Of course the real reason I (and most likely everyone else) tuned in to the awards at all was to watch the announcements and previews, and despite a huge number of reveals and trailers that were dropped throughout the show, the titles that I was most looking forward to seeing were either absent (The Last Guardian) or relatively lackluster (Mass Effect 3, Bioshock Infinite). That’s not to say there weren’t some fantastic ones – Diablo III had an amazing trailer, and surprisingly Transformers: Fall of Cybertron was my favorite one of the night. You can see all the premieres here on GameTrailers.

The trailers as always were the main focus of the show, and thank God they were worth it because it feels like there were deliberate steps taken to keep the actual people who deserved to speak from spending any amount of time on stage. In order to keep the show from going over time, they had a man in an army costume ready to teabag winners if their speech went too long. Then they used that extra time to do dozens of awful skits. Hey Spike, how about cutting out the FarmVille cutaway gag composed entirely of Zach Levi pointing at a cow, or the thing where Kevin Jonas jumped onto a Velcro wall, so we can hear from an actual developer for more than a few seconds?

As Jason Schreier mentions in his open letter to the VGAs, the most frustrating thing about the awards was that there were moments that were truly special and great. Shigeru Miyamoto and Hideo Kojima both had appearances which were painfully awkward and hard to understand, but charming, endearing and wonderful. These are pillars of the industry we’re a part of and it is a treasure to see them and hear them speak, whether they’re inducting their game into the hall of fame (Miyamoto) or just trying to sell us their next product (Kojima). Even the augmented reality moments were pretty cool and surprisingly well-choreographed, bridging the creative realm of a digital space to the live show on-stage, a feat that appears organic and effortless, yet a few years ago would have been impossible.

Shigeru Miyamoto accepts the Video Game Hall of Fame award

At this point you’re probably wondering where the awards are in this recap of the video game award show, but if that’s the case, you clearly aren’t familiar with the VGAs. A number of awards were announced during the show, but I only actually remember seeing one of them, and that was Game of the Year, which was announced immediately before the show ended. The awards take such a backseat to the rest of the pandering bullshit that I’m seeing the majority of the nominees, winners and categories for the first time as I list them in this article:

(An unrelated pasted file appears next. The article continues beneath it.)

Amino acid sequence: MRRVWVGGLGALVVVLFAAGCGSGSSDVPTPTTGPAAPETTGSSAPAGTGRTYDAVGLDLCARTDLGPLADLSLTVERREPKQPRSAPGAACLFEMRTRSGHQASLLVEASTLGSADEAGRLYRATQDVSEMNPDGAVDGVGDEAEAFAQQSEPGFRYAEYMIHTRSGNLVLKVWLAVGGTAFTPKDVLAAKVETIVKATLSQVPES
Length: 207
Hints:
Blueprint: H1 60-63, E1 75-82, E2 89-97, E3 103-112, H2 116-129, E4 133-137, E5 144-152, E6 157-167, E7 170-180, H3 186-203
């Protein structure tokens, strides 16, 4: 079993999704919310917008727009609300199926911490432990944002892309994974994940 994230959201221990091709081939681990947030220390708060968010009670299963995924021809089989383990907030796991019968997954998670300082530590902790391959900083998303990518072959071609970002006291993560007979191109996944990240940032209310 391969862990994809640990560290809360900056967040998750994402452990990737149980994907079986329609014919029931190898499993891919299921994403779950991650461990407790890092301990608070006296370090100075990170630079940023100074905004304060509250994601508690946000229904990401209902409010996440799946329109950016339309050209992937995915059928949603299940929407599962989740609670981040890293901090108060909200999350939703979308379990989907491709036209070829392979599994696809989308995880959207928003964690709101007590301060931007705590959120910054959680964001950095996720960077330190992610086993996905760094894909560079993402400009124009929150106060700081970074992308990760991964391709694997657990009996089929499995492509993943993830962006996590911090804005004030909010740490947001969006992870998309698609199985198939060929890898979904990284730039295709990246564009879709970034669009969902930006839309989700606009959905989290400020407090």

[toggle_simple title=”The Winners…” width=”600″]

The winners will be listed in bold. I’ll signify my picks with an arrow (<).

Gametrailers.com Trailer of the Year:

Assassin’s Creed: Revelations (E3 trailer)
Batman: Arkham City (Huge Strange reveal trailer)
Dark Souls (‘Ignite’ debut trailer)
Dead Island (GDC cinematic trailer) (<)
Deus Ex: Human Revolution (‘Purity First’ infomercial)
The Elder Scrolls V: Skyrim (In-game debut trailer)
Hitman: Absolution (E3 trailer)
Prey 2 (E3 trailer)
Tomb Raider (E3 trailer)
Uncharted 3: Drake’s Deception (E3 trailer)

Most Anticipated Game:

Bioshock Infinite
Diablo III
Halo 4
Mass Effect 3
The Last Guardian
(<)

Best DLC:

Fallout: New Vegas – Old World Blues
Mass Effect 2 – Arrival
Mortal Kombat – Freddy Krueger
Portal 2 – Peer Review
(<)

Best Downloadable Game:

Bastion
Insanely Twisted Shadow Planet
Iron Brigade
Stacking
(<)

Best Performance by a Human Female:

Claudia Black as Chloe Frazer – Uncharted 3: Drake’s Deception
Ellen McLain as GLaDOS – Portal 2 (<)
Emily Rose as Elena Fisher – Uncharted 3: Drake’s Deception
Tara Strong as Harley Quinn – Batman: Arkham City

Best Performance by a Human Male:

J.K. Simmons as Cave Johnson – Portal 2
Mark Hamill as The Joker – Batman: Arkham City
Nolan North as Nathan Drake – Uncharted 3: Drake’s Deception
Stephen Merchant as Wheatley – Portal 2 (<)

Best Graphics:

Batman: Arkham City
L.A. Noire
(<)
RAGE
Uncharted 3: Drake’s Deception

Best Original Score:

Bastion
Batman: Arkham City (<)
Deus Ex: Human Revolution
Portal 2

Best Song in a Game:

“Build That Wall (Zia’s Theme)” by Darren Korb, Bastion
“Exile Vilify” by The National, Portal 2